Discussion is a very important tool for developing thinking skills. However, not any kind of discussion. It was argued in Chapter 2 that academic knowledge requires a different kind of thinking to everyday thinking. It usually requires students to see the world differently, in terms of underlying principles, abstractions and ideas. Thus discussion needs to be carefully managed by the instructor, so that it focuses on the development of skills in thinking that are integral to the area of study. This requires the instructor to plan, structure and support discussion within the class, keeping the discussions in focus, and providing opportunities to demonstrate how experts in the field approach topics under discussion, and comparing students’ efforts.

Figure 5.3: Online threaded discussion forums provide students with opportunities for developing intellectual skills, but the instructor needs to design and manage such forums carefully for this to happen

Figure 5.3: Online threaded discussion forums provide students with opportunities for developing intellectual skills, but the instructor needs to design and manage such forums carefully for this to happen

In conclusion

There are many opportunities in even the most academic courses to develop intellectual and practical skills that will carry over into work and life activities in a digital age, without corrupting the values or standards of academia. Even in vocational courses, students need opportunities to practice intellectual or conceptual skills such as problem-solving, communication skills, and collaborative learning. However, this won’t happen merely through the delivery of content. Instructors need to:

  • think carefully about exactly what skills their students need,
  • how this fits with the nature of the subject matter,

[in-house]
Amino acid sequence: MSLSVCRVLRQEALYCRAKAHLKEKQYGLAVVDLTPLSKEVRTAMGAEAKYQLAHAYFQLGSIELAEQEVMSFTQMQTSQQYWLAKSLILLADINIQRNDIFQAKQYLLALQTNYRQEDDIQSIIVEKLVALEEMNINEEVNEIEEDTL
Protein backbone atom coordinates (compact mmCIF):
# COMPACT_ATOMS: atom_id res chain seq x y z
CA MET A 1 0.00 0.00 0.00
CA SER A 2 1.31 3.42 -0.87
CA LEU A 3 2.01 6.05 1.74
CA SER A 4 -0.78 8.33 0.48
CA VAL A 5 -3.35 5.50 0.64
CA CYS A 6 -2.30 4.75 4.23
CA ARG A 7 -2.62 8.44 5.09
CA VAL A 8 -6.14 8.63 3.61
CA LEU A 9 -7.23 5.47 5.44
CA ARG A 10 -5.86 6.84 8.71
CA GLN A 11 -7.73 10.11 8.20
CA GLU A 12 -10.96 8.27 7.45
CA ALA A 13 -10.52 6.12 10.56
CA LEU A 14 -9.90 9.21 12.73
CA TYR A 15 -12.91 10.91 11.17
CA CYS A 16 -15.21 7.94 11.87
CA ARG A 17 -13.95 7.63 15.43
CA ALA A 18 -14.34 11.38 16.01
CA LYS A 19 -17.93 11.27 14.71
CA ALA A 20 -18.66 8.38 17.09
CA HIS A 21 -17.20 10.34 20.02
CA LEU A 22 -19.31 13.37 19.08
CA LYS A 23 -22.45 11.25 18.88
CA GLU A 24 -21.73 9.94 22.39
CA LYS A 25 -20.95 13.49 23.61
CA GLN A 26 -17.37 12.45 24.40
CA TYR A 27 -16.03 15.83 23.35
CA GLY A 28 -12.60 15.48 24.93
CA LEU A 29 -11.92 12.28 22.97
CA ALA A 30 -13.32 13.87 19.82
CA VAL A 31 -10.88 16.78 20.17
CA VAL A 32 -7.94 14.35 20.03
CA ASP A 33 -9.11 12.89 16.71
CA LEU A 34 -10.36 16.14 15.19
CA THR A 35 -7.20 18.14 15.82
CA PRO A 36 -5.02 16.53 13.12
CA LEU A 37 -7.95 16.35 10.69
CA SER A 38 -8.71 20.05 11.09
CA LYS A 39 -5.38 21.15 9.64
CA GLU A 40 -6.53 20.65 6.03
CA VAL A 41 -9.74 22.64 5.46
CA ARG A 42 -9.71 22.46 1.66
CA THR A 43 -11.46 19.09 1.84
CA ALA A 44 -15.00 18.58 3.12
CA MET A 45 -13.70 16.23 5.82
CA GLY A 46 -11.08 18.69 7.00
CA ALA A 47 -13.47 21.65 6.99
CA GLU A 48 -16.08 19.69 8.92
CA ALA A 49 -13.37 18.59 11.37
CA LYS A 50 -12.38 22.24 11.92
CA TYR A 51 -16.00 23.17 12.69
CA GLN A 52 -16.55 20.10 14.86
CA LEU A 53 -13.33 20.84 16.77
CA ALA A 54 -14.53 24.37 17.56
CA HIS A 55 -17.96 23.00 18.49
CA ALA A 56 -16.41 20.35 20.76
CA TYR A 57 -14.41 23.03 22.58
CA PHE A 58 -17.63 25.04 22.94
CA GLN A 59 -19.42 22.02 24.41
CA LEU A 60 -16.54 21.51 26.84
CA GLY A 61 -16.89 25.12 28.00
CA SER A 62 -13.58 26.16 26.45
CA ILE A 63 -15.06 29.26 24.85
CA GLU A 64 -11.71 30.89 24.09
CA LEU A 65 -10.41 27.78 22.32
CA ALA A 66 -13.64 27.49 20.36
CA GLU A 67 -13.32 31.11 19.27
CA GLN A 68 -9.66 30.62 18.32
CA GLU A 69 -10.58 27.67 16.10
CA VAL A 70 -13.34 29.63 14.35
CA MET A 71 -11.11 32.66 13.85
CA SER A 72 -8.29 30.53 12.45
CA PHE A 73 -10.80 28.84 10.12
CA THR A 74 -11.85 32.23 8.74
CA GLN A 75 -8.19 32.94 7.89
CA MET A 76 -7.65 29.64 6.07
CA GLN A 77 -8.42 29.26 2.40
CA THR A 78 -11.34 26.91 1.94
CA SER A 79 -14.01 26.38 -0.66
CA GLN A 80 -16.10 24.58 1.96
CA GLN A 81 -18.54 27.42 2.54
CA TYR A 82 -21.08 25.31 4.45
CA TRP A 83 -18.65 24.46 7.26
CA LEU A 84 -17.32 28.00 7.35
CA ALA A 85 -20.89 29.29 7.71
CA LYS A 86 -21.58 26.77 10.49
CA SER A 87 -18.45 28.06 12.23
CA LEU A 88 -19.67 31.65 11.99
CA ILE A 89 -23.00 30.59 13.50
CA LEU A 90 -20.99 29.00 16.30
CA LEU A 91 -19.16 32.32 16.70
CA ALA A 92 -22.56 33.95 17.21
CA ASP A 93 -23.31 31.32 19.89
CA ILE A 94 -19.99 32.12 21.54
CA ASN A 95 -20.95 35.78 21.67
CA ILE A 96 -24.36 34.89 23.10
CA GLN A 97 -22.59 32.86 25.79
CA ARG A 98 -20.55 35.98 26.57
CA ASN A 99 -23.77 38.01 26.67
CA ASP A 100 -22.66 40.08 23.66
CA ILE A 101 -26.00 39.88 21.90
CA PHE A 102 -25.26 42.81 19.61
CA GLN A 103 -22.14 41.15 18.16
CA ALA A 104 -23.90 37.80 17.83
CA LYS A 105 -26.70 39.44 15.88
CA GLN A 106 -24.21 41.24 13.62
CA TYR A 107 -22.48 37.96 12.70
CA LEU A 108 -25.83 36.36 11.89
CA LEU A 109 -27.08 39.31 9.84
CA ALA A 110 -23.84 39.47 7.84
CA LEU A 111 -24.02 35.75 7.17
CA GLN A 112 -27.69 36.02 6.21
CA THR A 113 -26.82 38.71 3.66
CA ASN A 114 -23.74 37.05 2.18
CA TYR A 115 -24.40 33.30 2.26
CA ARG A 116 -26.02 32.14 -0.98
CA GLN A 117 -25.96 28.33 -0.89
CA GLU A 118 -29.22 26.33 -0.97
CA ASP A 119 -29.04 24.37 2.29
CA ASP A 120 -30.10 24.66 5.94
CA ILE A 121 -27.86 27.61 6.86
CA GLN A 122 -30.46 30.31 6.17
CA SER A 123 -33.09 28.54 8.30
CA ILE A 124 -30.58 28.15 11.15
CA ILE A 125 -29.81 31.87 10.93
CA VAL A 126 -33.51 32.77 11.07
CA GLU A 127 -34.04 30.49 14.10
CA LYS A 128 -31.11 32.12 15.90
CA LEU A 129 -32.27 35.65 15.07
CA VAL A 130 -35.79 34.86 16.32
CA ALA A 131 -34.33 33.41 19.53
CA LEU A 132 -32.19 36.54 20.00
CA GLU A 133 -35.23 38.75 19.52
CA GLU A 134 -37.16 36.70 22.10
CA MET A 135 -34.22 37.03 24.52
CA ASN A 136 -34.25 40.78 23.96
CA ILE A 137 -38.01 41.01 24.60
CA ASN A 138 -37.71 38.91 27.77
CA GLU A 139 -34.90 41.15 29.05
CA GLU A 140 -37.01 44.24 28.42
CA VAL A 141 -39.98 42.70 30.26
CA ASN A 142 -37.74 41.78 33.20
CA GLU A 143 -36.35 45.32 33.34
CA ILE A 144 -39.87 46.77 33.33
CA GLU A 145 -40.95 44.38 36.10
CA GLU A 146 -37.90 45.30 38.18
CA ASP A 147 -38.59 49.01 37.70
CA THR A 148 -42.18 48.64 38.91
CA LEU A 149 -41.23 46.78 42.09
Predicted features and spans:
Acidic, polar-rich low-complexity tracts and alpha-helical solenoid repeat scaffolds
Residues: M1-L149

• the kind of activities that will allow students to develop and improve their intellectual skills, and
  • how to give feedback and to assess those skills, within the time and resources available.

This is a very brief discussion of how and why skills development should be an integral part of any learning environment. We will be discussing skills and skill development in more depth in later chapters.

Over to you

Your views, comments and criticisms are always welcome. In particular:

  • how does the history scenario work for you? Does it demonstrate adequately the points I’m making about skills development?
  • are the skills being developed by students in the history scenario relevant to a digital age?
  • is this post likely to change the way you think about teaching your subject, or do you already cover skills development adequately? If you feel you do cover skills development well, does your approach differ from mine?

Love to hear from you.

Next up

Learner support in a digital age

 

Kuali Foundation goes commercial

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"No, you idiot, Kuali, not Koalas" 'But isn't kuali a Malaysian way of cooking?"

“No, you idiot, Kuali, not Koalas” ‘But isn’t kuali a Malaysian way of cooking?”

Straumsheim, C. (2014) Kuali Foundation: If you can’t beat them….., Inside Higher Education, August 25

While there are several providers of open source learning management systems for education, Kuali is the only provider of free, open source administrative software specifically built for higher education. In a blog post on August 22, it announced that while its software will still continue to be developed, open source and freely available, it will be creating a commercial company to provide for profit commercial services, such as hosting and contracted software development.

What is Kuali?